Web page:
i did my wifes d35 in her cheroke and did it nwrong the first time and got it to tight which caused the pinion to overheat. you can do it without getting a new crush sleeve but you have to be carefull. i found this quote from another thread
"Follow these simple steps
1. Mark the driveshaft to the yoke before removing the driveshaft. Careful not to release the needle bearings in the u-joint.
2. Mark the pinion, nut and yoke with a straight line for re-installation later.
3. Remove the pinion nut.
4. Pull seal out, lube the new seal before installing it
5. Reinstall the pinion nut and tighten to the same location as before, then turn 1/8 of a turn more, this will preload the bearings in the pinion shaft. [Use red locktite if re-using same nut]
6. Reinstall yoke and driveshaft to same position as before. [Use some sealant on the inside of the yoke to keep oil from seaping through the splines.
That's it! "
also here is the long version by boodyrider "
Ok, here is the CORRECT way to cheat and just replace the pinion seal without replacing the crush sleeve or setting up gears.
Jack the AXLE up.
Open diff cover, remove axle shafts, clean diff area.
I will point out something I didn't have in the initial writeup. You HAVE to remove the brakes, and you HAVE to remove the axle shafts as well. If it leaked, you'll be pulling the cover and cleaning/draining anyway. Do it FIRST, then get your inch pound reading with clean diff and gears, no axles. This will allow you to accurately read the amount of force that is caused ONLY due to the pinion preload, and then be able to reproduce it when you put the new seal in, and the new nut on.
Use a dial indicating (or beam style) inch pound torque wrench on the pinion nut to determine EXACT amount of force in inch pounds required to rotate the pinion. NOT how much to START it rotating, how much it takes to KEEP it rotating once it's moving. AGAIN... tires OFF, brakes off, axle shafts out. RECORD this measurement, and compare to stock settings. (You DO own a manual, right)
Remove the pinion nut any method you wish. You can REMOVE it with an air gun safely, just DO NOT tighten it with one... and make SURE the direction is correct before you hit the trigger.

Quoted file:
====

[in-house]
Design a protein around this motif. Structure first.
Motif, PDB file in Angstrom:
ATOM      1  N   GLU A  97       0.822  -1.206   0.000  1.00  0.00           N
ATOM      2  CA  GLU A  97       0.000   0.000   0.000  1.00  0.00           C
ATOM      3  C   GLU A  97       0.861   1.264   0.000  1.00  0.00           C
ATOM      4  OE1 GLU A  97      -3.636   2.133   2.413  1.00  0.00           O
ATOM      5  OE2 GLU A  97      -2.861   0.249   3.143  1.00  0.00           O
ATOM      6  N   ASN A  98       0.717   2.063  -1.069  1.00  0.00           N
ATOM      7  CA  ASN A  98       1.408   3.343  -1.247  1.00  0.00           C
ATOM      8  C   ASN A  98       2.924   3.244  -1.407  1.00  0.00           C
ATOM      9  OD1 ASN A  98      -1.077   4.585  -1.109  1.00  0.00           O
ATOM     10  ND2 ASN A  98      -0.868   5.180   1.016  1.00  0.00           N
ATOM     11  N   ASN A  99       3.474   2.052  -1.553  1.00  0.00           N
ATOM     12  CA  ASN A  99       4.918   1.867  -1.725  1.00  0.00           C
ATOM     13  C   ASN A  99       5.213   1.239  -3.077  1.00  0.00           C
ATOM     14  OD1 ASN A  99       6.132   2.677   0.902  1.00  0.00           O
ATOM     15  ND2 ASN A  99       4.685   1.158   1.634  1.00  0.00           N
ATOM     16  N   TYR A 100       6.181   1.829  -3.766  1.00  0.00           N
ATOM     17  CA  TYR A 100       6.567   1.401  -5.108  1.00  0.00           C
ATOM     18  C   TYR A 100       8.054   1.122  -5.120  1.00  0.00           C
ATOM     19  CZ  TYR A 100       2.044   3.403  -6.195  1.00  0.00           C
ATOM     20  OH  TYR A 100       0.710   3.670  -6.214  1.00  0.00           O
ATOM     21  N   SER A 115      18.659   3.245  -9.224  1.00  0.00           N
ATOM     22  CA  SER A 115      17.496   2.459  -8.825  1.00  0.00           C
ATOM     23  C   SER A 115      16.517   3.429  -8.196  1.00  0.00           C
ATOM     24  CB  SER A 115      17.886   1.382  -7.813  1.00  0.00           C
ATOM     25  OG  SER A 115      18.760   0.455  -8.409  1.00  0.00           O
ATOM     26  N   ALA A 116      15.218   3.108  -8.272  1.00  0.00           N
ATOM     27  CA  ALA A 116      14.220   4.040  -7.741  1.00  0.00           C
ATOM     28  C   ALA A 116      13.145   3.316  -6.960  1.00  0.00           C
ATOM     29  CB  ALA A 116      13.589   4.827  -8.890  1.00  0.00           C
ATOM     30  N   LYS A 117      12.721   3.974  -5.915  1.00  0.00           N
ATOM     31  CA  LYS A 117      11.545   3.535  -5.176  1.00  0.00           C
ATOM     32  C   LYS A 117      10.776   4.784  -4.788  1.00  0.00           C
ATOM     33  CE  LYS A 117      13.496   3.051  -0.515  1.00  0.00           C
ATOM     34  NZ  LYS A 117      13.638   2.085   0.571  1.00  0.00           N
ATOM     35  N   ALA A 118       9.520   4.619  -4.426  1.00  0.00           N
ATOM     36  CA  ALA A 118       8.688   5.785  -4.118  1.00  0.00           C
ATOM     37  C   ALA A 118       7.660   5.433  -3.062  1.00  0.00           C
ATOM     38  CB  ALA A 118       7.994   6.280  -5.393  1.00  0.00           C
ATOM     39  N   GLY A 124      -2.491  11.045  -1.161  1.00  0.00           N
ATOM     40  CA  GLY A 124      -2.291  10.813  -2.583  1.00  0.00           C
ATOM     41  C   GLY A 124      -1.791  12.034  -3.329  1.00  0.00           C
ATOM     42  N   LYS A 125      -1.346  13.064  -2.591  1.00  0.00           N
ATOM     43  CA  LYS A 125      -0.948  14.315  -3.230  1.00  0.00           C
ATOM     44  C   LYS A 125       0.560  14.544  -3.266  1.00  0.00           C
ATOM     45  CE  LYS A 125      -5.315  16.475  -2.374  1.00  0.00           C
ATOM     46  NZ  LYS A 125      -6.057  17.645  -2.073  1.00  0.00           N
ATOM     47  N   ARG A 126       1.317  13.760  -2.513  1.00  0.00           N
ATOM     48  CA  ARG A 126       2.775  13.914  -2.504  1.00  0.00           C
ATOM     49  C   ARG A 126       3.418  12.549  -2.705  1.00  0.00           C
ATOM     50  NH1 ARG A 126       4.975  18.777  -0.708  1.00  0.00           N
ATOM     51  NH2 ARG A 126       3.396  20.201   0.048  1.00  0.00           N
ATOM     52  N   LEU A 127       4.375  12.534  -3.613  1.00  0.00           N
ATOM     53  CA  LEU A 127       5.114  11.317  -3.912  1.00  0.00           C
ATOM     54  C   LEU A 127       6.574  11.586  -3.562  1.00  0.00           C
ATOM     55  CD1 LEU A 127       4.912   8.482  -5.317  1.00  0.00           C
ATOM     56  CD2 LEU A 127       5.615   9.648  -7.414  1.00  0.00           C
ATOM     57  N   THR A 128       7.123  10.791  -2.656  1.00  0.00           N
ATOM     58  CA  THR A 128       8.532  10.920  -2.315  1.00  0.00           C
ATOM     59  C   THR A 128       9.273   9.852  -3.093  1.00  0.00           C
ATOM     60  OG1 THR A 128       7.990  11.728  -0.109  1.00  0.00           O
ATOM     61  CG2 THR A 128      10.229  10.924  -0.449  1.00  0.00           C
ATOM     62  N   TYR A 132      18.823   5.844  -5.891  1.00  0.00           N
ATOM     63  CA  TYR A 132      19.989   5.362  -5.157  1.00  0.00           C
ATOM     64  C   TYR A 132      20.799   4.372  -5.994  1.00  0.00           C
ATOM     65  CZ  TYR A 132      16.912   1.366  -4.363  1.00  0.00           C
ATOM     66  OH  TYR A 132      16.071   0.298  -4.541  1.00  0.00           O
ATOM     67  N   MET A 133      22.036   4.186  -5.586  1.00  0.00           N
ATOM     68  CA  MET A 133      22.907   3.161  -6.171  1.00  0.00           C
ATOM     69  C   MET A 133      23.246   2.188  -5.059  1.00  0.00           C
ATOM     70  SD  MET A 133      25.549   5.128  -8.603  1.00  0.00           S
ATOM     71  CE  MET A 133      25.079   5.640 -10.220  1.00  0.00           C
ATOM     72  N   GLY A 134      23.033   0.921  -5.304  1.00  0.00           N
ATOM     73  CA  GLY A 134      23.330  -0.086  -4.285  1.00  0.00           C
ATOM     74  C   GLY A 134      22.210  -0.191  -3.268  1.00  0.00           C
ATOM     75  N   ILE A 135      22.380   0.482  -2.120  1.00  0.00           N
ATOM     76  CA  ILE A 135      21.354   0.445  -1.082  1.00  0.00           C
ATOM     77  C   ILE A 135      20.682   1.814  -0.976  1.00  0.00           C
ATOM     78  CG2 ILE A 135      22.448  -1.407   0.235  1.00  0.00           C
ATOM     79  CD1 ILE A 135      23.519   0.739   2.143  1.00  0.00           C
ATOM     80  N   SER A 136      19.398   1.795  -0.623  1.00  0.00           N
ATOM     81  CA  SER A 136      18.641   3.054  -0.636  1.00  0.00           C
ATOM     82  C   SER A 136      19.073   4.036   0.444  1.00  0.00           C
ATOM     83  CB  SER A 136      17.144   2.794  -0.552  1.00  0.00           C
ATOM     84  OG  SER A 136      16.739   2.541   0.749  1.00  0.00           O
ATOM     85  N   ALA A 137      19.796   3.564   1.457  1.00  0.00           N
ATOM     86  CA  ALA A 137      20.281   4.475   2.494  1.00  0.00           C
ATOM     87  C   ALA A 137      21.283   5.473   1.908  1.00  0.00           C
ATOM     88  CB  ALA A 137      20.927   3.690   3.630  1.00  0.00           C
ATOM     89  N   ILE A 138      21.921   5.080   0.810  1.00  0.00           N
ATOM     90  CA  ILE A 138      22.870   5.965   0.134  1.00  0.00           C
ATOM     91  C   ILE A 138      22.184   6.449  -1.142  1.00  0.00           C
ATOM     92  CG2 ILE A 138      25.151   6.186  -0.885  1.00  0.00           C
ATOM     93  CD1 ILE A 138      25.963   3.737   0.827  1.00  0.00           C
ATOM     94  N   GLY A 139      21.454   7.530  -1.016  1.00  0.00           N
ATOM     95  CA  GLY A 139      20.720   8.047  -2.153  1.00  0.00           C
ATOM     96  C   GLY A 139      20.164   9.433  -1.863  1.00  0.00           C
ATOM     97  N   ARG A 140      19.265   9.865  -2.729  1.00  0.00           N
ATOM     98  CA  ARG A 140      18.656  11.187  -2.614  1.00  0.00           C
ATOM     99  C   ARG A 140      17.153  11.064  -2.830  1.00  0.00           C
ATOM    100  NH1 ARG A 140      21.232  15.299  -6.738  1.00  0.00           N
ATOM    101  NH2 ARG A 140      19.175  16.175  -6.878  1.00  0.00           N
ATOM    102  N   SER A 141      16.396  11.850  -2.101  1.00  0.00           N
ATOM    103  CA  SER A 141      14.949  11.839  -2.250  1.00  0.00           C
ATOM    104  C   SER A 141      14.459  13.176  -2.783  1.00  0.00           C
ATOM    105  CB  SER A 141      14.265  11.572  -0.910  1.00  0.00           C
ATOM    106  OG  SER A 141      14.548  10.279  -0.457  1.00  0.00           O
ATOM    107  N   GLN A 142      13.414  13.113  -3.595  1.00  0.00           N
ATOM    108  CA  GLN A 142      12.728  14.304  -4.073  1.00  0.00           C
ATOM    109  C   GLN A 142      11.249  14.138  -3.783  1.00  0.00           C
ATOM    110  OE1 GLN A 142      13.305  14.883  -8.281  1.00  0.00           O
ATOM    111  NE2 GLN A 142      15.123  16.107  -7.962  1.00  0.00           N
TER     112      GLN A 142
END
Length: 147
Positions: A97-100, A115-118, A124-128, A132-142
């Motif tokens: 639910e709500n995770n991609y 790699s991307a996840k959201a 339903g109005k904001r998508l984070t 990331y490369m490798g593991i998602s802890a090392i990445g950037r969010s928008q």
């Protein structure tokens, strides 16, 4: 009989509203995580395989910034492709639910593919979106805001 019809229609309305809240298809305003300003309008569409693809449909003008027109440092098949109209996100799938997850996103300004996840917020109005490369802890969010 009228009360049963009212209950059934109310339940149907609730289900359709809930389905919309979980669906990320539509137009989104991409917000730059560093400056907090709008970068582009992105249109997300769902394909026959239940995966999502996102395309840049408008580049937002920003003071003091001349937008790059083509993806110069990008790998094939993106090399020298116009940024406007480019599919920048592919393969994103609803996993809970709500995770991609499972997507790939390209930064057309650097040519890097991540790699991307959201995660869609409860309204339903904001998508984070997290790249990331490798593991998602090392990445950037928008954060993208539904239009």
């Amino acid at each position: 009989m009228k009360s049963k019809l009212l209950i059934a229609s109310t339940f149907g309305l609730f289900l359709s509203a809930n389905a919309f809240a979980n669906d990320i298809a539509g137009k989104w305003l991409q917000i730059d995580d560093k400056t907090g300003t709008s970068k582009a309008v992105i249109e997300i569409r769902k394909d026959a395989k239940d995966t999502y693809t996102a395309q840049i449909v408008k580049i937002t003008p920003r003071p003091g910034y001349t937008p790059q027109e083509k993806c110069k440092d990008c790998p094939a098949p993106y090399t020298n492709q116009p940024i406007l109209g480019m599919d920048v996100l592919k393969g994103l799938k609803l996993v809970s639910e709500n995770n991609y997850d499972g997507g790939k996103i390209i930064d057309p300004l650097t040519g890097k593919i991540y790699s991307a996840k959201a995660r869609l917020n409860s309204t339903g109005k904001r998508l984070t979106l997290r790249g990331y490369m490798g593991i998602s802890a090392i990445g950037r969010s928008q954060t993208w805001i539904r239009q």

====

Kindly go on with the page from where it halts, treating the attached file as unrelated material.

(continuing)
Remove the yoke.
Remove the seal, noting how deep it sat if it doesn't have a lip. Seal puller helps a lot.
Replace the seal. Having a seal driver helps a lot... but make sure it goes in straight whatever you do.
Reinstall the yoke.
here is the critical part:
Use a NEW pinion nut. Tighten it ONLY with hand tools. DO NOT USE AIR. you'll need a huge pipe wrench or yoke holder and a long breaker bar. Spin it down until it just contacts the yoke.
Measure the amount of force, using the inch pound torque wrench, that it takes to keep the pinion rotating.
Tighten the pinion nut in small amounts, checking rotational force needed FREQUENTLY, until the torque readings to keep the pinion rotating is VERY close to what it was originally, when you removed the yoke. Do NOT tighten the pinion nut more than required to reach that torque value, plus MAYBE 1 to 2 inch pounds more to reflect the additional drag of the new seal. If your initial reading was essentially zero... go with the lowest of the factory settings.
DO NOT MEASURE TORQUE OF THE NUT ITSELF! This is irrelevant. The ONLY number that matters is rotational torque, NOT holding the yoke.
By doing this you can avoid overcrushing the crush sleeve and still reseal your pinion. If you overtighten the pinion nut, you will overcrush the crush sleeve, and likely kill your pinion bearings in the process. It may not happen in the first mile, but it WILL happen much sooner than if you follow the above procedure.
YES, it requires a specialized tool. YES, the tool costs a lot less than a new gear set and setting gears up all over...
Here is a thought: WHY did the pinion seal fail? If it's just a little corrosion on the sealing surface, try to seat the seal on a clean place; they make seals that can be inserted a bit more or less as they have no lip. If the initial torque value was way out of spec, you may need to replace the crush sleeve and set the torque to 'new' spec. Or you may have excessive bearing wear. Either one may well require a bit more thought and repair than just slapping in a new seal and hoping for the best. "
you could also just remove the wheels and drums and not disasemble the axles. then use an inch pound tork wrench to see how much preload is in it with axles installed and copy that
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